Hello Friends welcome to Day 9 of #WinterABC2022. This week we are raising awareness regarding the various issues and causes that are near and dear to our hearts and I look forward to reading what my fellow bloggers will post. 13th June is International Albinism Awareness Day and today’s prompt comes from Miss Albinism Zimbabwe Trust. I decided to write about this prompt with the story of MacDonald Masambuka, a 22 year old Malawian man with albinism who was murdered in 2018 for his body parts at the center of it. You can read my previous #WinterABC2022 posts here.
MacDonald Masambuka was a 22 year old man with albinism from Machinga district in Malawi who was murdered in 2018 by a group of people that included his brother. 12 people were arrested in connection to this horrible murder. They had planned to sell his bones for financial gain as human parts belonging to people with albinism are reportedly used in witchcraft rituals to supposedly bring riches and other good fortune. One of the things about this particular case which makes it very enraging and sad is that apart from his brother, a Catholic priest, a police officer and a hospital worker were among the 12 people arrested. These are the very people that are supposed to be the guardians of society and yet they could not be trusted with MacDonald’s life. Since 2014, over 20 people living with albinism have been murdered in Malawi according to Bonface Massah, a Disability Rights advocate and commissioner with the Malawi Human Rights Commission.
If you are not safe with your own family, what hope can one have in terms of safety when it comes to the larger community and society. I remember about a year or so ago, there was a case of a toddler with albinism in the Northern part of Malawi who had gone missing. I do not want to imagine the anguish the mother went through, to know that the odds of your child coming back to you alive are not in your favour is not something anyone would want to experience. To keep their children safe, some parents of children with albinism have resorted to not enrol their children in school for fear of being abducted when they are at school and away from their watchful eyes.
Apart from the anthropogenic harm people with albinism face, they also have to contend with an increased vulnerability to health issues such as skin cancer. I have read news reports of people with albinism advocating for the easy availability and access to sunscreen lotion, wide brimmed hats among other things in Malawi. It is imperative for such materials and health services for people with albinism to be provided for free or at a subsidized rate.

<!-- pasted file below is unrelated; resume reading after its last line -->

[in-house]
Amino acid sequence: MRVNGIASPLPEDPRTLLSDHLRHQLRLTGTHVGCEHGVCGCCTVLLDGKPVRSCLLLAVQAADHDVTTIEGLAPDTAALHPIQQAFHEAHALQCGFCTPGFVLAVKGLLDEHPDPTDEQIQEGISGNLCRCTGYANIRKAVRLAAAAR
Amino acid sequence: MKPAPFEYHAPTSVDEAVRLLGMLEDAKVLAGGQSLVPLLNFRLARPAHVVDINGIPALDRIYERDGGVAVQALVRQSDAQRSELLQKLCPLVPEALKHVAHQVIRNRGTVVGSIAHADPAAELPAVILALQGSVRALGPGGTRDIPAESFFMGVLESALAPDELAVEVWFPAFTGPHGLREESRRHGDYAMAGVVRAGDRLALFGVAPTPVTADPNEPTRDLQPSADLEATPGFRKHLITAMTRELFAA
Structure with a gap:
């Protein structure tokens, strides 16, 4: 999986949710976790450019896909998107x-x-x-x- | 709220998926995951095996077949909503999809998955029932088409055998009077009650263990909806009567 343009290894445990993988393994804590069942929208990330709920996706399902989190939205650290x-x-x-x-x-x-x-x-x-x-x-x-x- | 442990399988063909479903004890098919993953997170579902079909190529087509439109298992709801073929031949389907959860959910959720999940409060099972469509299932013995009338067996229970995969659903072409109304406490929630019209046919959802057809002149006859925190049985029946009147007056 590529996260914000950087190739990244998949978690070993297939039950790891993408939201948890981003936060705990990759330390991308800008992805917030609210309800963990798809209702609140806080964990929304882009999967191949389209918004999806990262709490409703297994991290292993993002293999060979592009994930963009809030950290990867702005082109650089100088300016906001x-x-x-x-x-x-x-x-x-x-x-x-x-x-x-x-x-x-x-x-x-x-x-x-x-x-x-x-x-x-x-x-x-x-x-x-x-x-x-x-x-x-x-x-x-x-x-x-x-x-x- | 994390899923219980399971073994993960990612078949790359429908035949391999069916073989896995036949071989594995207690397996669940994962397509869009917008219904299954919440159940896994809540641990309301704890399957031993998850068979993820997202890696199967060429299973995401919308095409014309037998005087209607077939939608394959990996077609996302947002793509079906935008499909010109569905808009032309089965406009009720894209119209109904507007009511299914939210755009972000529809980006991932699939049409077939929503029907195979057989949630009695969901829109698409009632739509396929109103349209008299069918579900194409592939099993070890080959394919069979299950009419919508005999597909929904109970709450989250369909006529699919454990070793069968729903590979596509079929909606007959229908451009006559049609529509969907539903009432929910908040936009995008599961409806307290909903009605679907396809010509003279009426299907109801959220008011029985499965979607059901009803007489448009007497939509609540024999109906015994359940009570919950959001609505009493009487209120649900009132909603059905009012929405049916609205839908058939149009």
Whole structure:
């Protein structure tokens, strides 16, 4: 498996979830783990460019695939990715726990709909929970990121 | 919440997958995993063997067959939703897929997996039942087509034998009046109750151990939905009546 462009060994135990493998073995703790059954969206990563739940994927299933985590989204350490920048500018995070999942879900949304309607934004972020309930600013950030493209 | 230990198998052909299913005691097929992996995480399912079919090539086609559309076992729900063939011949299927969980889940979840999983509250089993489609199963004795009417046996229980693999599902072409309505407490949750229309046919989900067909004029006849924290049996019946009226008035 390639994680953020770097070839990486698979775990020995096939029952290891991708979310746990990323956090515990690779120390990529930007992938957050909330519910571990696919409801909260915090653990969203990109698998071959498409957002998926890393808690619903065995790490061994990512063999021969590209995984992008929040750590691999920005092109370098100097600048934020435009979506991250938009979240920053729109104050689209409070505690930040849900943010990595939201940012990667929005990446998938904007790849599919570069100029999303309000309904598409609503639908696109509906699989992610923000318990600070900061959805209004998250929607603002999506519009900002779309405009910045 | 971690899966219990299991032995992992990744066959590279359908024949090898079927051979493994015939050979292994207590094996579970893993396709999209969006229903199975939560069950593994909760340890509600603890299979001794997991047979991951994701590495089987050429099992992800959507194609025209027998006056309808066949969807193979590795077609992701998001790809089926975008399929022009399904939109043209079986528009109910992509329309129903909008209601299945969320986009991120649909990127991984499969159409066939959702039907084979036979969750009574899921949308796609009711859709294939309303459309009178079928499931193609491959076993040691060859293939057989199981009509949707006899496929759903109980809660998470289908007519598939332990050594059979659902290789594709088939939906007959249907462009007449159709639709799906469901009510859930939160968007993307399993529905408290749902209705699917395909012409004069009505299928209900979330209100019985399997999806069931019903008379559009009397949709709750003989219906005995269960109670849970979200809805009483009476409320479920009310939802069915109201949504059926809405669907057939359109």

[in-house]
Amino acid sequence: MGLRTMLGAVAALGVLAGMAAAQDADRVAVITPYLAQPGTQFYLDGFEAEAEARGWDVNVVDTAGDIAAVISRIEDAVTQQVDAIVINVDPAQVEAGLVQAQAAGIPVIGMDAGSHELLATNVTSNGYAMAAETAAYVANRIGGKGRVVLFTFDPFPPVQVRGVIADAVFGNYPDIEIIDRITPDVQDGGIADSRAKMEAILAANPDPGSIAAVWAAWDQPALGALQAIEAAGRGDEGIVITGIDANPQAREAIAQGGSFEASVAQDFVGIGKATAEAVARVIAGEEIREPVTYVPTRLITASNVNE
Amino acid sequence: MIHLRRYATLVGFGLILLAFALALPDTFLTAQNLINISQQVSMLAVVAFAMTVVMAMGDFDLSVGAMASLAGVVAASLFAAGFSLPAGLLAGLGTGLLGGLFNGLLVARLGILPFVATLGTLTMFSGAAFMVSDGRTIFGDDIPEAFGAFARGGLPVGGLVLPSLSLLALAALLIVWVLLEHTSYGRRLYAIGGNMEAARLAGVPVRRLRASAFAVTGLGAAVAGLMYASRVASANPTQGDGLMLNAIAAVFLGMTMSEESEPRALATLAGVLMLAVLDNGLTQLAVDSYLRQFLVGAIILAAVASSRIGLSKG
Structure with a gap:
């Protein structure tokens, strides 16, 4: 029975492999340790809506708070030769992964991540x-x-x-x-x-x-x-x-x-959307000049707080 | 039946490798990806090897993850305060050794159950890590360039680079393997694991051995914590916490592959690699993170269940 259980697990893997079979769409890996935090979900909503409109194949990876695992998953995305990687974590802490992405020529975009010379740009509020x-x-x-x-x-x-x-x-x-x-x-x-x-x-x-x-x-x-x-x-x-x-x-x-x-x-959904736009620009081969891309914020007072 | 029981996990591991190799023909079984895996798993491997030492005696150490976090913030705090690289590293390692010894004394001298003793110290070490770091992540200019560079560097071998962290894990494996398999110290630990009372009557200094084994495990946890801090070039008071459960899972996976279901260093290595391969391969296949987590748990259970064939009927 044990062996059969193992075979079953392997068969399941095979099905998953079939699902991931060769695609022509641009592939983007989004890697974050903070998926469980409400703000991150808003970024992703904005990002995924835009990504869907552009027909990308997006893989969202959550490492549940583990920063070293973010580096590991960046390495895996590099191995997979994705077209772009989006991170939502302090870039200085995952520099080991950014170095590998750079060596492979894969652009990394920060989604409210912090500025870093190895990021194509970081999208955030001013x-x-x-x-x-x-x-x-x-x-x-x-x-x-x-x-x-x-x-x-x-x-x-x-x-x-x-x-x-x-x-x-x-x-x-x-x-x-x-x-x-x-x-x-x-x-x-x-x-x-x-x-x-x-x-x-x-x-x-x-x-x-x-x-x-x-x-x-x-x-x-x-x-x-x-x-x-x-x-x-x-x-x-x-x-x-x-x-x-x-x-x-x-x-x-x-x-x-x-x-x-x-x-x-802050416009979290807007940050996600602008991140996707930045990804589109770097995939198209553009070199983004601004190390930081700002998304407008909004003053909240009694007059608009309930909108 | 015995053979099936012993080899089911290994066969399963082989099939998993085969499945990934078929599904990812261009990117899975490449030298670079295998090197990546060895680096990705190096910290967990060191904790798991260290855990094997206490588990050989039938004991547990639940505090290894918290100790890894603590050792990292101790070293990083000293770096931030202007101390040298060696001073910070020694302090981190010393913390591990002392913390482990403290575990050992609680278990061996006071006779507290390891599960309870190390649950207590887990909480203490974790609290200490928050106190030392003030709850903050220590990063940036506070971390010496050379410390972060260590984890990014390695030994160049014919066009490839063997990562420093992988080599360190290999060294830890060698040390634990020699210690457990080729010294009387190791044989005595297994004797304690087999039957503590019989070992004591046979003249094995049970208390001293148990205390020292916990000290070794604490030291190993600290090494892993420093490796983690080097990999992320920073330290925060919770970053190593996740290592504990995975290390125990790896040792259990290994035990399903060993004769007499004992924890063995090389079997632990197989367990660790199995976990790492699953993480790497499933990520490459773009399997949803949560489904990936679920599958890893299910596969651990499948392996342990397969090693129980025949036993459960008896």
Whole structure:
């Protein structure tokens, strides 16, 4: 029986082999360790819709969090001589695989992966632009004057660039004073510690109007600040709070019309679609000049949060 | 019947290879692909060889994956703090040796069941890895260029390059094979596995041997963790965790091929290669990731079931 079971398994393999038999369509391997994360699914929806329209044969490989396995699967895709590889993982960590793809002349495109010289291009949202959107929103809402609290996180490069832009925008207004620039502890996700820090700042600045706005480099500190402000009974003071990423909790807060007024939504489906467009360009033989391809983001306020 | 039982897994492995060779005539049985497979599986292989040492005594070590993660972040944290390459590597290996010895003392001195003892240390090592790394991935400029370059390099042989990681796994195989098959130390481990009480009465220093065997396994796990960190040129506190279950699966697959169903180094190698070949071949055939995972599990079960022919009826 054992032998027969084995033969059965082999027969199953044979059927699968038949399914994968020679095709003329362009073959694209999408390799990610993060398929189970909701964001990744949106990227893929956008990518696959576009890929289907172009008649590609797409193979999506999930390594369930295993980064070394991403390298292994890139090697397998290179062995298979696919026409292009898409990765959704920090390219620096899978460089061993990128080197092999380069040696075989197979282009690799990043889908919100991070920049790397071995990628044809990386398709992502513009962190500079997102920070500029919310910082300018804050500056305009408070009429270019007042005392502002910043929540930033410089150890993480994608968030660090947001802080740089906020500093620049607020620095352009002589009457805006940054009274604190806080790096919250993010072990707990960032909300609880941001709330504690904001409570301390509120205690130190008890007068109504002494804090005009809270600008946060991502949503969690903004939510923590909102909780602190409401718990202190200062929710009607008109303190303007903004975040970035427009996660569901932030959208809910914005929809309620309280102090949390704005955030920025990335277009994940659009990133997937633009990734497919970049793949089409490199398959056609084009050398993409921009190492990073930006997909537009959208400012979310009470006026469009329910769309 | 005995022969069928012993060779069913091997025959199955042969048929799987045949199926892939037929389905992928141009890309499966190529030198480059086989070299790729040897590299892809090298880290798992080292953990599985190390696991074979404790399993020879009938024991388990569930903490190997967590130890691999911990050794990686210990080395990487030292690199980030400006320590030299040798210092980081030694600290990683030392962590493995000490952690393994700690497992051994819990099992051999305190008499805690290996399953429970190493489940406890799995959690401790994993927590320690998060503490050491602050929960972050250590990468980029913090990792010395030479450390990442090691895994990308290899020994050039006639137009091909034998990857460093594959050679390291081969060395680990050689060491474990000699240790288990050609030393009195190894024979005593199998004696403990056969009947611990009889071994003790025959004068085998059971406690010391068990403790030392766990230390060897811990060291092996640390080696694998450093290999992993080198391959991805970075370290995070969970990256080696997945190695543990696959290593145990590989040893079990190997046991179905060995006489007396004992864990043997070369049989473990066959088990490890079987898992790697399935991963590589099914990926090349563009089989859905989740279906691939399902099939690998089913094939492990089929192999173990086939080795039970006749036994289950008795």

Some years ago, I was in minibus travelling from Lumbadzi to Old Town in Lilongwe, one of my fellow passengers was a woman who was carrying a child with albinism. When we reached Kanengo, one of the stops on our route, the woman disembarked but got into an argument with the conductor regarding her luggage. I do not remember the exact cause or specifics of the argument. But as with all arguments conducted in public, people usually throw in comments and I distinctly remember one of the other passengers saying “nde ali ndi mwananso wachi albino (she has a child with albinism).” This was said in an insulting manner meant to demean the woman as not worthy as she had borne a child with albinism. Cases of husbands leaving their wives when they bear a child with albinism are very common in Malawi as children with albinism are deemed as not normal and something to be embarrassed about. I find it shameful and appalling to dwell in a society that does not value the lives of people living with albinism and I hope we can do better.
People with albinism deserve to have a life full of rights and liberties just as people without albinism do. We need to do more as a society and ensure that all human beings are able to lead a good quality of life. MacDonald Masambuka and all the other people with albinism whose lives were cut short by greedy, evil humans who did not think them worthy enough to live deserve justice. May all Malawians not rest until justice is delivered.